Industrial Internet at the edge: the challenges of data extraction

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The cloud is a stepping to stone to the Industrial Internet of Things. This is vital, because sensors and cloud computing can offer an instant response at the point of interaction; closing the sale, fixing a machine before it breaks or smoothing out a process to run more efficiently. 

However, not even the cloud’s power can handle the tidal wave of data that’s due to burst forth from billions of smart devices in the very near future.

The problem is one of transmission. Data has weight, like water, and moving it from sensor to the cloud is both slow and expensive. Add in the fact that most collected data is just noise, and businesses are shipping oceans across the world to sift out a few flakes of gold. It makes no sense.

Efficient processing demands that data must be processed at the edge, the point of collection. Businesses must shift their perspective from their own walls to the far edge of data collection.

At the Western Digital “Taking the Cloud to the Edge With Fog Computing” event in San Jose, CA, a panel of experts came together to discuss the challenges of this shift, both technical and social. The panel was moderated by David Floyer, lead analyst and chief technology officer at Wikibon Research.

Solving the people problem

The first challenge in moving a company toward the digital future is convincing the people to change the way their work happens. Therefore, the first question of the panel was, “How do you solve the people problem?”

The discussion started with Janet George, fellow and chief data officer at WD, a Western Digital Company. She replied that the goal was to make connections from where you’re moving to from where you’re at. A business has to be positioned from the perspective of infrastructure and use case and be ready to scale rapidly.

“Change happens because you’ve shown value, and to catch that value, people are quick to adapt,” she said.

Rohan Gosain, senior product marketing manager at Maana Inc. followed up, saying that although his company focused heavily on operationalizing the output of its data systems, users weren’t willing to change until they could see the value of that output. Transparency in these systems was also very important.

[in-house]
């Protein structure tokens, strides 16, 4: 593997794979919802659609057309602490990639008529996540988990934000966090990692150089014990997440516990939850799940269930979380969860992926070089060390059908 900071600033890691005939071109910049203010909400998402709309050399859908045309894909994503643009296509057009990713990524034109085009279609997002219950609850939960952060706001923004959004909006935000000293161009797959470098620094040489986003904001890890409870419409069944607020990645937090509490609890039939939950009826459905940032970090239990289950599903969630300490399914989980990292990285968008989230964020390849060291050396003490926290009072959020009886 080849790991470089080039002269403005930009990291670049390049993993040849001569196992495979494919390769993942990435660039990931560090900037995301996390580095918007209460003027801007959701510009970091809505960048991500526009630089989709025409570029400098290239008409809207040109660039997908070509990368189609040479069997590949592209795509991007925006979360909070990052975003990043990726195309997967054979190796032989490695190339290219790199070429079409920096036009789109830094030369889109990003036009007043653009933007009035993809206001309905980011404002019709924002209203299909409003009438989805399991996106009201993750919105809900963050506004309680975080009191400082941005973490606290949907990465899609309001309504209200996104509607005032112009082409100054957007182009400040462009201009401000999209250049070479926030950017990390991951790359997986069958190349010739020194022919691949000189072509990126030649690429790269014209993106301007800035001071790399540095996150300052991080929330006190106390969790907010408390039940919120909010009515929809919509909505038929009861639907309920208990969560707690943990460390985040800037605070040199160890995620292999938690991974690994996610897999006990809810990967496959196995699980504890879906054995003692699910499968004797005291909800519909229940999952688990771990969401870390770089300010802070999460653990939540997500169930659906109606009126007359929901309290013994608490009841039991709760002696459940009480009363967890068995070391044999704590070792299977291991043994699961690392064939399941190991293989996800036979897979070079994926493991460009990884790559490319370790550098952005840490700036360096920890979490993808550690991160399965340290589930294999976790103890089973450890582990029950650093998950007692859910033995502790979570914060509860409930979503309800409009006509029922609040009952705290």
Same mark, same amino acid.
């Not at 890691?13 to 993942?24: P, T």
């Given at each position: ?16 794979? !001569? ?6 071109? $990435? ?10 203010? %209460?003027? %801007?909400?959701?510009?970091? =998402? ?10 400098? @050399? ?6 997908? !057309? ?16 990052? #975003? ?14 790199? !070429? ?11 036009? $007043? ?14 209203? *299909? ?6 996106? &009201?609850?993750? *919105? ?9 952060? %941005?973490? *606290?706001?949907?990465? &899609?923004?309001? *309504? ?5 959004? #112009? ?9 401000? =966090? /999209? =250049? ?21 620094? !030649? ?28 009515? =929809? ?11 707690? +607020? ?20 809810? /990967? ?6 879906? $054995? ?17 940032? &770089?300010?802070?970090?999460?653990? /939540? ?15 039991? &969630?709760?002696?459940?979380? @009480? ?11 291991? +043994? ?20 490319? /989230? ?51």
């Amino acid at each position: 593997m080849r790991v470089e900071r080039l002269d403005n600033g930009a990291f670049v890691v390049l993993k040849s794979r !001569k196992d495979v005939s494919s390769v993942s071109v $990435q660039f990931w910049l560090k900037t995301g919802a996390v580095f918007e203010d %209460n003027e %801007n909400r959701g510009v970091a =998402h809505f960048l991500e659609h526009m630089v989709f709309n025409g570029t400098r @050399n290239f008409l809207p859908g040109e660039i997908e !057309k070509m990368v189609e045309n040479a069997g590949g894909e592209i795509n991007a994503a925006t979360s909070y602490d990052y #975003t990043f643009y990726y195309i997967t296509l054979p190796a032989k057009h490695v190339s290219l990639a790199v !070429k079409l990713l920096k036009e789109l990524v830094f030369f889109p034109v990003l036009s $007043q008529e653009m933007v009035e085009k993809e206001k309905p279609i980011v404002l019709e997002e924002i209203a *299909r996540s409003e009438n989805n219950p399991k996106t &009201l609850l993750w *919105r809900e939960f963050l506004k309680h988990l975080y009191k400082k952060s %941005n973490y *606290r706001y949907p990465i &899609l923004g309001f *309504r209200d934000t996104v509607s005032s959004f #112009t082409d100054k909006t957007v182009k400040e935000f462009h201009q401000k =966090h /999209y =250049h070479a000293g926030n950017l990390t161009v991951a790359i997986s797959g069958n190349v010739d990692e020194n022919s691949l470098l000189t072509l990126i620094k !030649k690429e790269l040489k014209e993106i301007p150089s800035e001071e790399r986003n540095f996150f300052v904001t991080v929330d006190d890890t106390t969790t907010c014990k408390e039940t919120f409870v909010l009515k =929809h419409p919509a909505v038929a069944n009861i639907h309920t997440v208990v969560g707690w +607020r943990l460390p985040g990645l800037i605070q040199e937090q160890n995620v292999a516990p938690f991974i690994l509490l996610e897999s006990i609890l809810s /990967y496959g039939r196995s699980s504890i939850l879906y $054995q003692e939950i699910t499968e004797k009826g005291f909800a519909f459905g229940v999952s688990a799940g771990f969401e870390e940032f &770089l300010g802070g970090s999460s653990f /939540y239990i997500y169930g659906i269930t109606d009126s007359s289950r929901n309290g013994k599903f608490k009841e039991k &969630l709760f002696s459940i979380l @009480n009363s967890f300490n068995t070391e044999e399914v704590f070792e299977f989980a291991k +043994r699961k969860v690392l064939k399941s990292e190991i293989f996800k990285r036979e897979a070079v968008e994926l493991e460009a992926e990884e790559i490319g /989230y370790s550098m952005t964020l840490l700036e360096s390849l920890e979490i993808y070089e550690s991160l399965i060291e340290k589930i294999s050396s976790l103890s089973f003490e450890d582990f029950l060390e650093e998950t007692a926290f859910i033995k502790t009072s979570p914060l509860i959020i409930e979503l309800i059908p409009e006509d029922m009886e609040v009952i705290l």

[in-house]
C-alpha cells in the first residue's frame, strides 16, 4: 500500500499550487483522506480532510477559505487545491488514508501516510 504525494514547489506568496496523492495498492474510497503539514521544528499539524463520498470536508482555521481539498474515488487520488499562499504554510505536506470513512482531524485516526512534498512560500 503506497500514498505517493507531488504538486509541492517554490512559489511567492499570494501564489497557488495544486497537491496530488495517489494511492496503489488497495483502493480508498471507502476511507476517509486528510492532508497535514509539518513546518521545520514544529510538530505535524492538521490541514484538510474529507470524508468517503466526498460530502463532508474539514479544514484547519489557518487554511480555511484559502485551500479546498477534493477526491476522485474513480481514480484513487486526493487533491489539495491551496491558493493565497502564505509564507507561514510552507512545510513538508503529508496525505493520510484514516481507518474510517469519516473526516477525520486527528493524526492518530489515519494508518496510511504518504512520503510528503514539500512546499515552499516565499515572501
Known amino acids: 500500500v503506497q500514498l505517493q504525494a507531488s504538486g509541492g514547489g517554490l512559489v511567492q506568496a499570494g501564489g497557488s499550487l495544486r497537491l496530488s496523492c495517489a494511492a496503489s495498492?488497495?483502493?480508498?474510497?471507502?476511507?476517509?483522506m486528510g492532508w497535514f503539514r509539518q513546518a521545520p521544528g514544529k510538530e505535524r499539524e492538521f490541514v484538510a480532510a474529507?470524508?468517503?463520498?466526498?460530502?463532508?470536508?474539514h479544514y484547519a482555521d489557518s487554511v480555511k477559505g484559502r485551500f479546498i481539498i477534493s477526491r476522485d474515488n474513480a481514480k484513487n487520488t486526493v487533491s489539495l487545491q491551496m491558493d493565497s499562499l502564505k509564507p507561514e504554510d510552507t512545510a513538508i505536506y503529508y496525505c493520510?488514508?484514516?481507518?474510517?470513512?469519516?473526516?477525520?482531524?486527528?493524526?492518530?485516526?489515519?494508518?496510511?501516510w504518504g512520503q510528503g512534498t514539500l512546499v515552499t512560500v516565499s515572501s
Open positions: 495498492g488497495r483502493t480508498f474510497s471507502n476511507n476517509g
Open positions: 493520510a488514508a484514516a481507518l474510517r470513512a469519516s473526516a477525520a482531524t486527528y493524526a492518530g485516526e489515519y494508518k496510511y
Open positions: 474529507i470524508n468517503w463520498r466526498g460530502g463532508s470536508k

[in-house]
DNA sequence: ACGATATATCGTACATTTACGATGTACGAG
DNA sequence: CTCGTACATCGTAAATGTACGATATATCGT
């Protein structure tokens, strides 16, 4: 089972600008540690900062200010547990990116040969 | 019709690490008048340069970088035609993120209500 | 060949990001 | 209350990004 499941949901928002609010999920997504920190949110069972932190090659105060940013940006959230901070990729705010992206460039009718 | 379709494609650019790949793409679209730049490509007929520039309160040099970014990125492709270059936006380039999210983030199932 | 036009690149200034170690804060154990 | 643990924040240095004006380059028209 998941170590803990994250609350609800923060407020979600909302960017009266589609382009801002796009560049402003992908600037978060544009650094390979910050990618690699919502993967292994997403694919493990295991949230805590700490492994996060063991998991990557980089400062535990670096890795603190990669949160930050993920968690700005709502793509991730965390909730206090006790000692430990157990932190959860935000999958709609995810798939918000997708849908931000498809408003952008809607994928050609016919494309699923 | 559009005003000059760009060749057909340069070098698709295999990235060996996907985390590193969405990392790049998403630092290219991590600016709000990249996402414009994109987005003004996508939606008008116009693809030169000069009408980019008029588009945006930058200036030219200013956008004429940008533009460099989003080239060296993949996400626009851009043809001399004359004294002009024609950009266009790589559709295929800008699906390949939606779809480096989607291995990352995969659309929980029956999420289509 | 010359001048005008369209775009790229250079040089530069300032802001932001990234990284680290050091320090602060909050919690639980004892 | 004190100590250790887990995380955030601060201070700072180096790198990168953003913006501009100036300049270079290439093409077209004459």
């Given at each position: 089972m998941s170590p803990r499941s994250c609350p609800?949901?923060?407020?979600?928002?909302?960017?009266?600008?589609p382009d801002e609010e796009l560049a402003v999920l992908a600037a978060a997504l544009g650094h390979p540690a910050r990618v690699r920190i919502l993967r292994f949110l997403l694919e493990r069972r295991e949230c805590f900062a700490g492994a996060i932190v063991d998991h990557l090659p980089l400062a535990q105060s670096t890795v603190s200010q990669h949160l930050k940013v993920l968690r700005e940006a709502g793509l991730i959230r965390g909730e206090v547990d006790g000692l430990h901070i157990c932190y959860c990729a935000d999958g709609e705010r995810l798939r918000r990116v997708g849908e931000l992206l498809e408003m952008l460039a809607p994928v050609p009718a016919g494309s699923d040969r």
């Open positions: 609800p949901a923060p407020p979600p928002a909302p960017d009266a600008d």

“If the client can see how the system came to a conclusion, they are a lot happier,” he said.

Summing up this experience, Val Bercovici, chief technology officer of SolidFire Inc., said, “The number one thing you can do for people is motivate and incentivize them.”

Architecting for data

Beyond the people problem, there is also the technical hurdle. Every company is different, both in needs and process. How do you architect a solution for turning a company into a data-driven business?

The first panelist to answer was Sanjeev Kumar, vice president of engineering at FogHorn Systems Inc. He explained they had a number of customers going through the phases of adopting his company’s products. It starts with gathering data and playing it back to build trust that the product works like it’s supposed to.

From there, they move to prescriptive work, creating a machine learning model. Then, they install that model as close to the data as possible. “That’s how people build confidence in adopting something new,” he said.

Janet George revealed another challenge in dealing with data. “You cannot structure your data for one particular model,” she said. That data has to work with different models depending on the job it’s meant to do. Because of this, architecting a system is very difficult.

Gosain agreed with the play between models and data. “We believe any question can be answered by a series of models,” he said. It shouldn’t matter what the data source is, any model should be able to plug into any data source.

Watch the complete video interview below, and be sure to check out more of SiliconANGLE’s and theCUBE’s coverage of Western Digital’s “Taking the Cloud to the Edge with Fog Computing” event. (*Disclosure: Western Digital is a sponsor of segments on SiliconANGLE Media’s theCUBE. Neither Western Digital nor other sponsors have editorial control over content on theCUBE or SiliconANGLE.)

Photo: SiliconANGLE